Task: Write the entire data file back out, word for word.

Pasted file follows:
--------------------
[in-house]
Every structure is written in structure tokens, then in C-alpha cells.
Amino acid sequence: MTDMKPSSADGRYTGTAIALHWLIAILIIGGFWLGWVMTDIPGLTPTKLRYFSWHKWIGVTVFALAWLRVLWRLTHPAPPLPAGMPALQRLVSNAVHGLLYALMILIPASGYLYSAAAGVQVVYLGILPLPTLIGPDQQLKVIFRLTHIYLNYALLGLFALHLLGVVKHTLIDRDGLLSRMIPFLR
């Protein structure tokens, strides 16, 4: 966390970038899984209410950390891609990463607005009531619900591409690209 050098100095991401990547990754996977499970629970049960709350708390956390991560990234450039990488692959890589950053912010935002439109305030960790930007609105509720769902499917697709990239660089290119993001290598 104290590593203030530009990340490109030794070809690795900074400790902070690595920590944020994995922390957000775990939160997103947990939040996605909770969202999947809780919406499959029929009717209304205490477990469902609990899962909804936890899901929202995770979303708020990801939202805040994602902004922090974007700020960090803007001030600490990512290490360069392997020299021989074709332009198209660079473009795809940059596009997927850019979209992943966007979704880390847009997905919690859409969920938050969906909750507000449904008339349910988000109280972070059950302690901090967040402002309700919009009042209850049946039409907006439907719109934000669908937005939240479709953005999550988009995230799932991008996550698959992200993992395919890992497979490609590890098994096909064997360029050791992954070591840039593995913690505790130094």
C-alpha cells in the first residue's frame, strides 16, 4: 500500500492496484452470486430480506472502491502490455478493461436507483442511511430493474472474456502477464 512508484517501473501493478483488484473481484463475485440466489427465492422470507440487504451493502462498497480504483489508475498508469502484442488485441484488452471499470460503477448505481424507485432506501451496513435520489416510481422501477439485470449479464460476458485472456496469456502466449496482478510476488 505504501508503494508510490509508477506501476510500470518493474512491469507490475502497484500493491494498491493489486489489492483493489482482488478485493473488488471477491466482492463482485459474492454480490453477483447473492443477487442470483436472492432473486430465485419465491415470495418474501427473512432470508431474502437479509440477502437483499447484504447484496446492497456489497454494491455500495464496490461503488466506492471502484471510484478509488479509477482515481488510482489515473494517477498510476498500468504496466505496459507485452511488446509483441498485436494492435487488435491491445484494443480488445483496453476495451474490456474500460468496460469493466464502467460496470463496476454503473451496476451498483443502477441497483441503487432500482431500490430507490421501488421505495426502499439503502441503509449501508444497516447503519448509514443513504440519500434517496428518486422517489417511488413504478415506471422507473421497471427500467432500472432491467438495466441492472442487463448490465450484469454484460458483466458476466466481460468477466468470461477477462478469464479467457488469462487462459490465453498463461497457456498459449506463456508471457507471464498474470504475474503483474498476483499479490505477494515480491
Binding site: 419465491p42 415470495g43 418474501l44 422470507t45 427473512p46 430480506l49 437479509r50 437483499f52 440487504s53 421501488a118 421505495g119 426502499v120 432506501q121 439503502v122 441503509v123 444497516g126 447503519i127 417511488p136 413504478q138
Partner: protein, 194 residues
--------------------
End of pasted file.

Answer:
[in-house]
Every structure is written in structure tokens, then in C-alpha cells.
Amino acid sequence: MTDMKPSSADGRYTGTAIALHWLIAILIIGGFWLGWVMTDIPGLTPTKLRYFSWHKWIGVTVFALAWLRVLWRLTHPAPPLPAGMPALQRLVSNAVHGLLYALMILIPASGYLYSAAAGVQVVYLGILPLPTLIGPDQQLKVIFRLTHIYLNYALLGLFALHLLGVVKHTLIDRDGLLSRMIPFLR
């Protein structure tokens, strides 16, 4: 966390970038899984209410950390891609990463607005009531619900591409690209 050098100095991401990547990754996977499970629970049960709350708390956390991560990234450039990488692959890589950053912010935002439109305030960790930007609105509720769902499917697709990239660089290119993001290598 104290590593203030530009990340490109030794070809690795900074400790902070690595920590944020994995922390957000775990939160997103947990939040996605909770969202999947809780919406499959029929009717209304205490477990469902609990899962909804936890899901929202995770979303708020990801939202805040994602902004922090974007700020960090803007001030600490990512290490360069392997020299021989074709332009198209660079473009795809940059596009997927850019979209992943966007979704880390847009997905919690859409969920938050969906909750507000449904008339349910988000109280972070059950302690901090967040402002309700919009009042209850049946039409907006439907719109934000669908937005939240479709953005999550988009995230799932991008996550698959992200993992395919890992497979490609590890098994096909064997360029050791992954070591840039593995913690505790130094």
C-alpha cells in the first residue's frame, strides 16, 4: 500500500492496484452470486430480506472502491502490455478493461436507483442511511430493474472474456502477464 512508484517501473501493478483488484473481484463475485440466489427465492422470507440487504451493502462498497480504483489508475498508469502484442488485441484488452471499470460503477448505481424507485432506501451496513435520489416510481422501477439485470449479464460476458485472456496469456502466449496482478510476488 505504501508503494508510490509508477506501476510500470518493474512491469507490475502497484500493491494498491493489486489489492483493489482482488478485493473488488471477491466482492463482485459474492454480490453477483447473492443477487442470483436472492432473486430465485419465491415470495418474501427473512432470508431474502437479509440477502437483499447484504447484496446492497456489497454494491455500495464496490461503488466506492471502484471510484478509488479509477482515481488510482489515473494517477498510476498500468504496466505496459507485452511488446509483441498485436494492435487488435491491445484494443480488445483496453476495451474490456474500460468496460469493466464502467460496470463496476454503473451496476451498483443502477441497483441503487432500482431500490430507490421501488421505495426502499439503502441503509449501508444497516447503519448509514443513504440519500434517496428518486422517489417511488413504478415506471422507473421497471427500467432500472432491467438495466441492472442487463448490465450484469454484460458483466458476466466481460468477466468470461477477462478469464479467457488469462487462459490465453498463461497457456498459449506463456508471457507471464498474470504475474503483474498476483499479490505477494515480491
Binding site: 419465491p42 415470495g43 418474501l44 422470507t45 427473512p46 430480506l49 437479509r50 437483499f52 440487504s53 421501488a118 421505495g119 426502499v120 432506501q121 439503502v122 441503509v123 444497516g126 447503519i127 417511488p136 413504478q138
Partner: protein, 194 residues